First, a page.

Field Study in Athens, Greece

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All elective courses, including ancient languages, at the Arcadia Center in Athens require a two-day field study component. Locations vary by semester and are at the discretion of the professor.

Professors provide field study programming with particular relevance to each course's syllabus and learning objectives. Generally the field study introduces students to remarkable and often undiscovered topoi in Greece. The field study calendar is set in advance and dates and destinations are included in each class syllabus.

Listed are just a few recent examples:

  • Modern Greek Language classes
    The Modern Greek courses offered at the Athens Center are an essential element in the program of cultural immersion which informs the academic program in Athens. Through language learning, students sharpen their skills of cultural observation, thus acquiring cross cultural understanding and the means to explore and familiarize with Greek culture in an in depth way.

    During the field study on the island of Tzia (Kea), students were encouraged to order coffee and food in Greek, to find their way around the island and challenged to take part in an elaborate Greek language treasure hunt which required the use of their language skills. The prize: fresh figs and traditional Greek treats by the seaside!

  • LIMO 320 Greek Literature as Culture & ARAN 310/HIAN 310 Athens on Site I
    Archaeology and the City Topos/Chronos/ Metamorphosis (Space/Time/Transformation) was the theme that joined the students from these two chronologically distinct classes. Students explored the ancient remains on the island of Aigina and considered the historical continuity of classical forms in the neoclassical architecture of the island. Ancient and modern were also joined in a reading of the poems of Angelos Sikelianos whose work was informed by the ideal of the Delphic games. Aigina continues to inspire artists, such as the writers of the Generation of the 1930s, and the field study concluded with a reading of some of the poems of contemporary Katerina Anghelaki Rooke.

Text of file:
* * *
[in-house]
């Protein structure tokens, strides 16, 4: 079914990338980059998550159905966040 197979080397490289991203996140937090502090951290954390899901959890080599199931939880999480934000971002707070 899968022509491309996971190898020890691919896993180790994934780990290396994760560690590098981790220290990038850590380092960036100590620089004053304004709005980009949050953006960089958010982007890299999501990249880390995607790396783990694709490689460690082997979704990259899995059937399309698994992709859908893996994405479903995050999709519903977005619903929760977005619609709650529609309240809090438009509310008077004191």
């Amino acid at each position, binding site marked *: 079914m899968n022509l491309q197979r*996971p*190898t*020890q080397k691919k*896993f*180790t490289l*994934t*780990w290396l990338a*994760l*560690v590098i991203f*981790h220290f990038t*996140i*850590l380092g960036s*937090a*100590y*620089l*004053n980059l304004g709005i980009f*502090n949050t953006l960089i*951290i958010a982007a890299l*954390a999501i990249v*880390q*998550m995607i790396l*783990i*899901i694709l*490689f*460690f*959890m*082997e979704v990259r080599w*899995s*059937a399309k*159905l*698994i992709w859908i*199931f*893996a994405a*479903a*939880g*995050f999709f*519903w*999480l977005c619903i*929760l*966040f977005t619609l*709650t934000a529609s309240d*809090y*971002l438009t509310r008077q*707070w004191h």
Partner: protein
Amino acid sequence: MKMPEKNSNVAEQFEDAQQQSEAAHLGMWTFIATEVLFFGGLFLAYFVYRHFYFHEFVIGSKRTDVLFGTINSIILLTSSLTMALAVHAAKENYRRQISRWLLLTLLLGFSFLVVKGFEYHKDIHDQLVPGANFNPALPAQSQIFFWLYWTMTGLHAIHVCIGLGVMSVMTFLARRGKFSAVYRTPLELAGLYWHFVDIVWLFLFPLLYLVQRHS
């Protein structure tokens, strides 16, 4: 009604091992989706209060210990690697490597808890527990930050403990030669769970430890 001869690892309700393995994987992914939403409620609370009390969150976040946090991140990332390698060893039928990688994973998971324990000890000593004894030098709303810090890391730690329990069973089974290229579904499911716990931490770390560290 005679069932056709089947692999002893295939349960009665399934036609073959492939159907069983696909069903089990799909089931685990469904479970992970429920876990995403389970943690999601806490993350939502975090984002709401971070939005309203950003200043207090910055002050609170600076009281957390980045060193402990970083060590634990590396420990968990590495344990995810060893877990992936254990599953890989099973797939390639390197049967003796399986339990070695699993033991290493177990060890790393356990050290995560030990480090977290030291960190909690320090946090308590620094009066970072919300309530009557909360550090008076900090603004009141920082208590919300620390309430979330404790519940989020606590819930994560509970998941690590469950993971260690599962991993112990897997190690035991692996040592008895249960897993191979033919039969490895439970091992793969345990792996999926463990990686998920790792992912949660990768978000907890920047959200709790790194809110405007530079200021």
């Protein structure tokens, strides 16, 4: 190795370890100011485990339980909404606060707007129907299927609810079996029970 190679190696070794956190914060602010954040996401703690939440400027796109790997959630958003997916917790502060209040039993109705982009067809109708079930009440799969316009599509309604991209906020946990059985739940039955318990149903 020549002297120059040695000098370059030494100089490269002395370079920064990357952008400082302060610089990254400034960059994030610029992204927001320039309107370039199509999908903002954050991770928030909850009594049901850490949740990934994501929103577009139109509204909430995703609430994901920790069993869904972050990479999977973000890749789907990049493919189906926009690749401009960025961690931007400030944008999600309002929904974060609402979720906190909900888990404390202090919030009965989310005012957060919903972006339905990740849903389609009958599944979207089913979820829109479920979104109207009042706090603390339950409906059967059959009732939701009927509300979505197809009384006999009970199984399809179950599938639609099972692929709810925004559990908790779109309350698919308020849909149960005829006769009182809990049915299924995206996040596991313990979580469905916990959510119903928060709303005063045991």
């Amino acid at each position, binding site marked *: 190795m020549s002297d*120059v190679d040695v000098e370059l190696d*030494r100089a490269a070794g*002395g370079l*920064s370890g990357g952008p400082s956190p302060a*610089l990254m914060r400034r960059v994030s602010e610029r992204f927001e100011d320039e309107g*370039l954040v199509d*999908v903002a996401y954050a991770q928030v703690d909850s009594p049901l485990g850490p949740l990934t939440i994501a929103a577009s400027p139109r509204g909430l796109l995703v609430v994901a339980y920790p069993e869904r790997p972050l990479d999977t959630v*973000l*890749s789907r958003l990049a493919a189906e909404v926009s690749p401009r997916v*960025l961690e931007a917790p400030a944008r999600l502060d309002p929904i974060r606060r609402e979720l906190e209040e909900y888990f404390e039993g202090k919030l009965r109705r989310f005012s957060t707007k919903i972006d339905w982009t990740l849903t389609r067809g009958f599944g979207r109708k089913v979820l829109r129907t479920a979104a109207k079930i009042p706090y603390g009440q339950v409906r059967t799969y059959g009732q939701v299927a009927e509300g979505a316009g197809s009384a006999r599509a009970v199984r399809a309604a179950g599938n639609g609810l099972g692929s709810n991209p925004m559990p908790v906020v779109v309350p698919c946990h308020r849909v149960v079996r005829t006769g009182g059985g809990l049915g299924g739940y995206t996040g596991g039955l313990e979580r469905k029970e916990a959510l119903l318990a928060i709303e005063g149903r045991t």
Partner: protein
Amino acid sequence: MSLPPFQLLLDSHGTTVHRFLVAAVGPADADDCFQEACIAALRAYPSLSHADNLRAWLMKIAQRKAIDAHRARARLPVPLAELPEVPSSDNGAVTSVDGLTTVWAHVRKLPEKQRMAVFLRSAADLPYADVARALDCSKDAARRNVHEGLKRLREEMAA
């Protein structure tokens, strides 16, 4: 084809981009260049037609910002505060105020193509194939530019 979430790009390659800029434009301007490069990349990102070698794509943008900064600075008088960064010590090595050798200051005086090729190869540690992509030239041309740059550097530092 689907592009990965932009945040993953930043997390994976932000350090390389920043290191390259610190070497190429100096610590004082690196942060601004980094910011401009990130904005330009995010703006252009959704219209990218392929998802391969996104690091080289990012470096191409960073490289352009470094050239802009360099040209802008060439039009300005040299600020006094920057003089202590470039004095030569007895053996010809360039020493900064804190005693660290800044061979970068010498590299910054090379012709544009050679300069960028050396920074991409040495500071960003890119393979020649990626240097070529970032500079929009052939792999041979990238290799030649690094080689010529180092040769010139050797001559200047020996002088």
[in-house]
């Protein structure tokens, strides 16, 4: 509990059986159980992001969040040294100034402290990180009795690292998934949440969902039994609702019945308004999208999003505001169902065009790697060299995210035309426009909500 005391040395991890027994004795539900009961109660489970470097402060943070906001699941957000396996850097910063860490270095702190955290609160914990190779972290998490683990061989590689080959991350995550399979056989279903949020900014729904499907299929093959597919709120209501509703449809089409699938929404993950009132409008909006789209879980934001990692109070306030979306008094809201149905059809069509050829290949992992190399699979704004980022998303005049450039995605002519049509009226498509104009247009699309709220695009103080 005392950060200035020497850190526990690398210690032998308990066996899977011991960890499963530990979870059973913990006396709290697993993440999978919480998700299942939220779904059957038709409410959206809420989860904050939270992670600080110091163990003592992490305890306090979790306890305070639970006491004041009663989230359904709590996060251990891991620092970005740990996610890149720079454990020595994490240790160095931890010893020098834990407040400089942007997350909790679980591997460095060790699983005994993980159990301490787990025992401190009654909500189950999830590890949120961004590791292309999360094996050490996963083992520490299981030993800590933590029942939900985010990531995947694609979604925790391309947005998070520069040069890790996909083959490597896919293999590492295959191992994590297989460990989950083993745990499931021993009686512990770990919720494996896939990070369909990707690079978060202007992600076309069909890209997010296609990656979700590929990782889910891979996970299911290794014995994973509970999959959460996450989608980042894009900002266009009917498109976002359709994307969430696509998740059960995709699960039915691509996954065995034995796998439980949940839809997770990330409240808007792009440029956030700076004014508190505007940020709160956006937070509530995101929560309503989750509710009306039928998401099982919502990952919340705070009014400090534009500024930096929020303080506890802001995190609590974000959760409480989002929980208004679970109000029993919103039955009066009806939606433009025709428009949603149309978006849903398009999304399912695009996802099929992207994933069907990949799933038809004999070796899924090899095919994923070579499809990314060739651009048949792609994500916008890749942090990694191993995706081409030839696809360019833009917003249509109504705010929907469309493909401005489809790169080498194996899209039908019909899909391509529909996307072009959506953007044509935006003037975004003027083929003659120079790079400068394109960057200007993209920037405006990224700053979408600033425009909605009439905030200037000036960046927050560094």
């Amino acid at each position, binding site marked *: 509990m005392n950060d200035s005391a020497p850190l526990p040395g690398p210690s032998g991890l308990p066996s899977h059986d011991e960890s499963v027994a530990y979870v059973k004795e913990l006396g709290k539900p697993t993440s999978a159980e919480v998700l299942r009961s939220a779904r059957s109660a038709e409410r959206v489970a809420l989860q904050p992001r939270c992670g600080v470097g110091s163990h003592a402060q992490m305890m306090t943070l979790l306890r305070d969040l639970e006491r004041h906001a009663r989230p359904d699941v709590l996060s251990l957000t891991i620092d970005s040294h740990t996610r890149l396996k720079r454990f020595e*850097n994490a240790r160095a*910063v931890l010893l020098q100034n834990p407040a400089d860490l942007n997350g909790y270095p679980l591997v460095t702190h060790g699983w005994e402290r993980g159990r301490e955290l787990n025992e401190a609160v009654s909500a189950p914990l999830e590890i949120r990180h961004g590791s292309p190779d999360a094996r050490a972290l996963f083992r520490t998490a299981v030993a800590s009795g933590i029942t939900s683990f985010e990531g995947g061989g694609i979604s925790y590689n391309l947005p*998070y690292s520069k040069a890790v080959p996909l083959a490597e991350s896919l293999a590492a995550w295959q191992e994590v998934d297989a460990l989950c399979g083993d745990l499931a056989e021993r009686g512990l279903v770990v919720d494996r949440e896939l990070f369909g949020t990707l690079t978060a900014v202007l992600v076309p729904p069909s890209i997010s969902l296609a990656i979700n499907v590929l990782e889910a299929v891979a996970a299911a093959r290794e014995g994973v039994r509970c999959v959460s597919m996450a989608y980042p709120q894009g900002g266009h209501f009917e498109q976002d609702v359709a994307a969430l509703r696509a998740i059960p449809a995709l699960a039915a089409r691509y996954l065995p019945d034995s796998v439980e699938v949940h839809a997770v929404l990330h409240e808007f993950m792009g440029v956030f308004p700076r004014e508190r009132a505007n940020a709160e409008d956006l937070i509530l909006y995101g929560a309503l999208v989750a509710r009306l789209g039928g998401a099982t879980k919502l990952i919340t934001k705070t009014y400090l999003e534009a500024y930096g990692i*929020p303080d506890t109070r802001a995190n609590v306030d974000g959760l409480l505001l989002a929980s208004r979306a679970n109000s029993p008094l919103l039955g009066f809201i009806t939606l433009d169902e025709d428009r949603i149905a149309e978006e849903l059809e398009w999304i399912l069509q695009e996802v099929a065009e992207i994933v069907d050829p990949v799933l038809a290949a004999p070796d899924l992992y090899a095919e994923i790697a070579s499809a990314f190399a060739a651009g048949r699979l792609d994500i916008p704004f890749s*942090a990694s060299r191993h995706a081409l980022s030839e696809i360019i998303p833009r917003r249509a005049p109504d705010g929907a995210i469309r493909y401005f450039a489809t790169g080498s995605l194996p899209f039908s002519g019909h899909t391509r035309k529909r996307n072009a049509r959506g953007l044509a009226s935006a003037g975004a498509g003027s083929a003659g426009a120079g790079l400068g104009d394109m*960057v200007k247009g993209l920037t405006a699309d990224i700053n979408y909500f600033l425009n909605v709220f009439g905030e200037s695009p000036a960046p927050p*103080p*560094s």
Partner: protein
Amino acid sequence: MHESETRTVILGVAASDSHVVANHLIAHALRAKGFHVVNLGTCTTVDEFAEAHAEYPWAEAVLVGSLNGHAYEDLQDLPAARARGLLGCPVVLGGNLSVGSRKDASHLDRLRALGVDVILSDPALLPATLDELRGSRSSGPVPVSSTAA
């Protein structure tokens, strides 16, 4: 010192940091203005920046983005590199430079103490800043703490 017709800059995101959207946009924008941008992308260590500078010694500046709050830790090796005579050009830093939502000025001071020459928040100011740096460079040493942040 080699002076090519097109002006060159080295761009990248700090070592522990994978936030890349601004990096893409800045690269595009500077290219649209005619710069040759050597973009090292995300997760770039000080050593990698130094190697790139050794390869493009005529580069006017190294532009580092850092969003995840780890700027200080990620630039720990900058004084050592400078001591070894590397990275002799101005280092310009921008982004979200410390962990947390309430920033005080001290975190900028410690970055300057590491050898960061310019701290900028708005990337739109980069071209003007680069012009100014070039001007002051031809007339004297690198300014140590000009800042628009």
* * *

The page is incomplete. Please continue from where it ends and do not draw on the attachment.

• Ancient Languages
    Students and instructors of Ancient Greek and Latin spent their field study in the ancient theatre of Epidaurus. Students were familiarized with the essentials of the ancient dramatic art, its survival through Roman theatre, and its continuing influence in modern theater. The students sat in the theatre as spectators, acted out Sophocles’ Antigone, discussed written laws and moral justice and tested the acoustics of the theatre.

  • ARMO 310/HIMO 310 Athens on Site II: History and Architecture in the City
    The field study for this class visited Hermoupoli, the capital of the island of Syros, one of the great commercial centers of the Cycladic islands and one of the most important ports of the Eastern Mediterranean in the 19th century. Students explored of the urban development of Hermoupoli and the culture it housed. As one student enthused: “Indeed, this is the city of Hermes, full of the power of youth, moving freely between the worlds of the mortal and divine”.

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